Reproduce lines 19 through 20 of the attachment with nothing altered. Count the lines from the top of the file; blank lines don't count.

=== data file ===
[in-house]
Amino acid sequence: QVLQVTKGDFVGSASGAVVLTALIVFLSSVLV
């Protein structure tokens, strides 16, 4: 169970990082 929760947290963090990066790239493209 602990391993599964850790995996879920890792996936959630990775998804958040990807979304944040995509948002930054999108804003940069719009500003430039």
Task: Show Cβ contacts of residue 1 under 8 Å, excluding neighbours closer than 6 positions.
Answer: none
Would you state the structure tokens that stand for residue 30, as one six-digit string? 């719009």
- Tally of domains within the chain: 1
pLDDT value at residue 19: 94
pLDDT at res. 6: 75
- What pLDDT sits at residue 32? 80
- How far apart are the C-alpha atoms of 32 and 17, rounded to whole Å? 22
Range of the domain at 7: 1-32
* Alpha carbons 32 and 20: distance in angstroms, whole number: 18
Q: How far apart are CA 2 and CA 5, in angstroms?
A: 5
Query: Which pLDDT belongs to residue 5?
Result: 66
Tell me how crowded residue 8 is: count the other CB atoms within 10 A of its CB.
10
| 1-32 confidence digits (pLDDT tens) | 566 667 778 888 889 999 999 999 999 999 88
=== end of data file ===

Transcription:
10
| 1-32 confidence digits (pLDDT tens) | 566 667 778 888 889 999 999 999 999 999 88